Advertisement

Retired judge appointed to argue Justice Department's bid to drop Flynn case

The judge overseeing the case of former national security advisor Michael Flynn has appointed a retired judge who successfully prosecuted organized crime boss John Gotti to argue against the Justice Department's ask for the case to be dropped. Pool photo by Andrew Harrer/UPI
The judge overseeing the case of former national security advisor Michael Flynn has appointed a retired judge who successfully prosecuted organized crime boss John Gotti to argue against the Justice Department's ask for the case to be dropped. Pool photo by Andrew Harrer/UPI | License Photo

May 13 (UPI) -- A federal judge presiding over the case of former national security adviser Michael Flynn appointed a retired judge on Wednesday to argue against the Justice Department's request for the case to be dropped.

U.S. District Judge Emmet G. Sullivan named former judge John Gleeson to "present arguments in opposition to the government's Motion to Dismiss," the order read.

Advertisement

Gleeson, best known as the lead prosecutor in the conviction of John Gotti of the Gambino organized crime family, retired as a judge to join the Debevoise & Plimpton law firm in 2016, according to the company's website.

Gleeson was one of three legal professionals who penned an op-ed in The Washington Post on Tuesday explaining that the Justice Department's request is just that and doesn't equal an immediate dismissal.

RELATED Wisconsin Supreme Court overturns state's stay-at-home order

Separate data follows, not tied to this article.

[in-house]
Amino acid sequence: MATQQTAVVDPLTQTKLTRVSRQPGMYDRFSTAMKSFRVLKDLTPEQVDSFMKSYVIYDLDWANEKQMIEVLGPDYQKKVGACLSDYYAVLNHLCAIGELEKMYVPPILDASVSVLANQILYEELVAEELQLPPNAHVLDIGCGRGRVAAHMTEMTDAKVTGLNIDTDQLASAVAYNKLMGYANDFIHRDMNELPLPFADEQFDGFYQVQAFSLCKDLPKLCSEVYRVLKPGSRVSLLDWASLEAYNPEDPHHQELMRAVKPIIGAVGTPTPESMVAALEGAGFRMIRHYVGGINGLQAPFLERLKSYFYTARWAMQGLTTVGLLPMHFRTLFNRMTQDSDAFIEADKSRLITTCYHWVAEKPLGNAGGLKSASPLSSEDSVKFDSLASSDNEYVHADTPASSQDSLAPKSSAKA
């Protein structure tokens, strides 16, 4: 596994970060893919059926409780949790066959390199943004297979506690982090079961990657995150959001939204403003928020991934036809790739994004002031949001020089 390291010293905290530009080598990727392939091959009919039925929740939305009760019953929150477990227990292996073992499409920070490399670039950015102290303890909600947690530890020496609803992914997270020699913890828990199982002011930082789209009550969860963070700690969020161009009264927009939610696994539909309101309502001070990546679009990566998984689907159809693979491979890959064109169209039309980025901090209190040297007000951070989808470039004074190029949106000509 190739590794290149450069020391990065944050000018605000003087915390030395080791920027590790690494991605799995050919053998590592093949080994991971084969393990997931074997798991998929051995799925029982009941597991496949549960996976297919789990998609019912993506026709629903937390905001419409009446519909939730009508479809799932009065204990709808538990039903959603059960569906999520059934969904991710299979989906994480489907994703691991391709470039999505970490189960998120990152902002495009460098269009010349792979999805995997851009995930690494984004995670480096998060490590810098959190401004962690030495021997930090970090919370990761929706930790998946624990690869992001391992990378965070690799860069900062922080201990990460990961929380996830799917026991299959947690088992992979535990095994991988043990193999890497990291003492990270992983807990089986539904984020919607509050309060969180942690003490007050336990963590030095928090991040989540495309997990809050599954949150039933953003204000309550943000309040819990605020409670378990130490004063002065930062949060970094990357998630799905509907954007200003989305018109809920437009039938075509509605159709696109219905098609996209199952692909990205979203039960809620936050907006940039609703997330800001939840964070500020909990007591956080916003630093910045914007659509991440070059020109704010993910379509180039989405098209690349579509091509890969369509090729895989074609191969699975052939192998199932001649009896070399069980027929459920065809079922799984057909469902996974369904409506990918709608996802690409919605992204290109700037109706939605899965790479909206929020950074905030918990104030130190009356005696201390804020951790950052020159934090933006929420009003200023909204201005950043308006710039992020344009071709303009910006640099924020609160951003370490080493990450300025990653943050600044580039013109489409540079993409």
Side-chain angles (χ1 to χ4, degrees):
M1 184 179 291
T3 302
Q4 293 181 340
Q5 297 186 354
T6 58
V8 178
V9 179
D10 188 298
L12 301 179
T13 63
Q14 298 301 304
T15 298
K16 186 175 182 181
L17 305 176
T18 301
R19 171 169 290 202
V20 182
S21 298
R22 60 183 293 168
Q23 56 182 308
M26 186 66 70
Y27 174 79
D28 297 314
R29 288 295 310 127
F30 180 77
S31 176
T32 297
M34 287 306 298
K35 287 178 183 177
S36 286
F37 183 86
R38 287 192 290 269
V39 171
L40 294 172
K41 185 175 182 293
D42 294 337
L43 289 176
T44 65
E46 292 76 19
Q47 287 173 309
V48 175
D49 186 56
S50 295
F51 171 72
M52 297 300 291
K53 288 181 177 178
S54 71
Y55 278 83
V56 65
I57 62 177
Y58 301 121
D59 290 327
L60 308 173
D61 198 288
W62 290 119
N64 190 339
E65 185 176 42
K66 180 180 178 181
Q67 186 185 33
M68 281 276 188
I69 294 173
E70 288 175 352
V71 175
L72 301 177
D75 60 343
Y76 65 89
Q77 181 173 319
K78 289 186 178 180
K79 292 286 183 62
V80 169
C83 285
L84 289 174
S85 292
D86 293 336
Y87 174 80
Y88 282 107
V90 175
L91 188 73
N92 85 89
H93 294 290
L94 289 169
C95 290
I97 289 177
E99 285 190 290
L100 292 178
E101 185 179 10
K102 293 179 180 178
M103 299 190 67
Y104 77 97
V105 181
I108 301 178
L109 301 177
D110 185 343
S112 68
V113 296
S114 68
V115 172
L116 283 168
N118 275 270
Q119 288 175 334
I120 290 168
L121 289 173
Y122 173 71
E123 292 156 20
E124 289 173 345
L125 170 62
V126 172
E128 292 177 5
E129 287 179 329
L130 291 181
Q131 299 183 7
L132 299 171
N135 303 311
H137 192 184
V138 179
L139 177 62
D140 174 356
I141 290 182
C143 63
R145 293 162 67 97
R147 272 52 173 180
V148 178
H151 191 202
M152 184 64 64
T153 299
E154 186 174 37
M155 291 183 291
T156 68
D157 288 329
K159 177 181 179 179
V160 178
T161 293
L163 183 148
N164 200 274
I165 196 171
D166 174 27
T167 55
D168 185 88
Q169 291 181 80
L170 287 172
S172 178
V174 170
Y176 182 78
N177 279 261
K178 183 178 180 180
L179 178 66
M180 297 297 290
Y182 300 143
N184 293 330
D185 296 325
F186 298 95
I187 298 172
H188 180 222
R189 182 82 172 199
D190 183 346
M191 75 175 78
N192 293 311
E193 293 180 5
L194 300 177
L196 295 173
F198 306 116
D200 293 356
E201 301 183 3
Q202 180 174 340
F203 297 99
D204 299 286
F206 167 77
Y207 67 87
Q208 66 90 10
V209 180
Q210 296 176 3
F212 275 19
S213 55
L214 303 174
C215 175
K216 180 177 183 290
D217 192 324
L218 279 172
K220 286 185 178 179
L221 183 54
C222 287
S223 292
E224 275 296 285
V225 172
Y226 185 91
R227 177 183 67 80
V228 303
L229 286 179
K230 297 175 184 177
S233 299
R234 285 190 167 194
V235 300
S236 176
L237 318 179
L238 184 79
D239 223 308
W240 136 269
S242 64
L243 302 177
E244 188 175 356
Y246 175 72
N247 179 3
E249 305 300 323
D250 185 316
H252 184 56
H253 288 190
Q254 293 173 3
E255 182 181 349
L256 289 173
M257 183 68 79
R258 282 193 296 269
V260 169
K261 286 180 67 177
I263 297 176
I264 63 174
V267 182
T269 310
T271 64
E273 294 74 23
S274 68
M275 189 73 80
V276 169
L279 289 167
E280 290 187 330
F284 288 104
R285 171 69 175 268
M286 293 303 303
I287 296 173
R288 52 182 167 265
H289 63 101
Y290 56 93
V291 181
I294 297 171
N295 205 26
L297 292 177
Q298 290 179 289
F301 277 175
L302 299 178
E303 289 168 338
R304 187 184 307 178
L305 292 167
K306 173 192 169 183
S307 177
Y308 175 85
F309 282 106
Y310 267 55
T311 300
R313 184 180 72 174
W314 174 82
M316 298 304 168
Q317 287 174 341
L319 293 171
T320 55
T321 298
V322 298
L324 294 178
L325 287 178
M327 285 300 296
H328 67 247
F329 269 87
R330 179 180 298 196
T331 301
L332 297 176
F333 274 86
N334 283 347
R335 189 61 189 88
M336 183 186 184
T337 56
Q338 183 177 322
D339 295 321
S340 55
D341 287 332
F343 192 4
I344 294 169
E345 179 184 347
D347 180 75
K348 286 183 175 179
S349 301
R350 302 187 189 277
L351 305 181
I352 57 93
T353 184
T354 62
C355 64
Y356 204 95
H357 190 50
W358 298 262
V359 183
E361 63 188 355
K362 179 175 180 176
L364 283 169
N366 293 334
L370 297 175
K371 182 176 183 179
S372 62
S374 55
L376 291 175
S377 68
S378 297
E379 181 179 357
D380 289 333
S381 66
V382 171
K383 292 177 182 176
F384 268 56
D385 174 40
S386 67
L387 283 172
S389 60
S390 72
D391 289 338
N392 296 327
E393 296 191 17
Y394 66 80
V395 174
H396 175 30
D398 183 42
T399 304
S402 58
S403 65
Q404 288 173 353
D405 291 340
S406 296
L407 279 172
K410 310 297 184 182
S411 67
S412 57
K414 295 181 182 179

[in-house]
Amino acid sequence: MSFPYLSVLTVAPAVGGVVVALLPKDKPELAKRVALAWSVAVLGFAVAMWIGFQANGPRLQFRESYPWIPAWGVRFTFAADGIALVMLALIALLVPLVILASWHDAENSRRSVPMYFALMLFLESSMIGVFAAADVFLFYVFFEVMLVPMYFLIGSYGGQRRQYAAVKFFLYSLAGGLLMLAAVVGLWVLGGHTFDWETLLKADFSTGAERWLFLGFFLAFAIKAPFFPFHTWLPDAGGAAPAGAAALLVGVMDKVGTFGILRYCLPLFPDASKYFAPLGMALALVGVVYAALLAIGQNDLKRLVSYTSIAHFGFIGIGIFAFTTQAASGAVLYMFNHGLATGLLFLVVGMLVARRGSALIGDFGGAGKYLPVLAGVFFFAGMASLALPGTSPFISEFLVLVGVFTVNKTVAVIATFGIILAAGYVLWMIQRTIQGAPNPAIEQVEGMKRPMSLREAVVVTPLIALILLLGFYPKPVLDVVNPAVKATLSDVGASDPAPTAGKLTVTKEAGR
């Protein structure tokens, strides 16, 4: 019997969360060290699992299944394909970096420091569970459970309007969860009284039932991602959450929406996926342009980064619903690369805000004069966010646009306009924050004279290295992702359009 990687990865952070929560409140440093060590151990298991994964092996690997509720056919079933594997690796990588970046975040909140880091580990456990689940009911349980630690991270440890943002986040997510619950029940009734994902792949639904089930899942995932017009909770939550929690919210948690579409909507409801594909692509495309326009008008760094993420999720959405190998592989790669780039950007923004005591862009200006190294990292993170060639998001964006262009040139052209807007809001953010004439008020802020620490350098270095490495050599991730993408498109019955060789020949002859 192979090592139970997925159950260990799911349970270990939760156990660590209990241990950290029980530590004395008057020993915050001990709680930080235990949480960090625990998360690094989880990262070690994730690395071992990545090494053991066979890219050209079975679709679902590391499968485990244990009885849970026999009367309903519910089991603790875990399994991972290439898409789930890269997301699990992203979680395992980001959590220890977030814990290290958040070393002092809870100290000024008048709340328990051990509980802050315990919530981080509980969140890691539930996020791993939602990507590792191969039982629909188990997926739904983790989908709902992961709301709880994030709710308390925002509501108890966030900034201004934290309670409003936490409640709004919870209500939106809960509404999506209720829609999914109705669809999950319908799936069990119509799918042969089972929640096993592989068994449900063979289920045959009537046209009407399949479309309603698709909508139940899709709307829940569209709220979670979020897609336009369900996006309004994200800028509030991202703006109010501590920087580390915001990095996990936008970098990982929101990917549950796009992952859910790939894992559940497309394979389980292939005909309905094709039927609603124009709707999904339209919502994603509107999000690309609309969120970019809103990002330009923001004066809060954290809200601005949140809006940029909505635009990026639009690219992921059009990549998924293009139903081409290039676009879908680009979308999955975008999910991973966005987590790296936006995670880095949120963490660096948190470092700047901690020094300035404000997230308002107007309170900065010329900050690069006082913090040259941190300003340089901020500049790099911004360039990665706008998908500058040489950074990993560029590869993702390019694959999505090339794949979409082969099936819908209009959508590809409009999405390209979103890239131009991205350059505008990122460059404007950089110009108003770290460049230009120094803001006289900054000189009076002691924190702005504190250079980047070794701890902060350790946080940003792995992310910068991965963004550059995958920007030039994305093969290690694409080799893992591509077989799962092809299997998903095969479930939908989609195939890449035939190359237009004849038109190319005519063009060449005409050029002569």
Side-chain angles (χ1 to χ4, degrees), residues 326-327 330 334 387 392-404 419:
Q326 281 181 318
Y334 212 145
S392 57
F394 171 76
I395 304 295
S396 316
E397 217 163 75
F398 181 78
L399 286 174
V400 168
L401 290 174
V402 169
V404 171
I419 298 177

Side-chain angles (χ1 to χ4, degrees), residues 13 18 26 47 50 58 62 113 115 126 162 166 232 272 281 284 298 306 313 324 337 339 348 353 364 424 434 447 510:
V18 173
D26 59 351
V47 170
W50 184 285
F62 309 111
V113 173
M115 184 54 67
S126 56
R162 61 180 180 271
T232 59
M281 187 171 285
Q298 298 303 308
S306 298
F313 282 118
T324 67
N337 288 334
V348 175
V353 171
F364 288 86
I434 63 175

The order came a day after Sullivan delayed ruling on the Justice Department's request to allow time for third parties to weigh in on the case -- an unusual move that attracted the criticism of Flynn's defense.

Flynn, a former President Donald Trump advisor, pleaded guilty in December 2017 to lying to federal agents during a probe into Russia meddling in the 2016 presidential election. He then retracted his plea after his sentence recommendation was increased from probation to six months' jail time in January.

Last week, the Justice Department filed for the case to be dismissed, which prompted nearly 2,000 former Department of Justice prosecutors and members of the Federal Bureau of Investigation to publish an open letter calling for Attorney General William Barr's resignation over the move for the case to be dropped.

RELATED Senate passes bill expanding protections of FISA warrant targets

RELATED Supreme Court hears challenges to laws against 'faithless electors'

RELATED Anti-Defamation League: Record number of U.S. anti-Semitic acts in 2019

Latest Headlines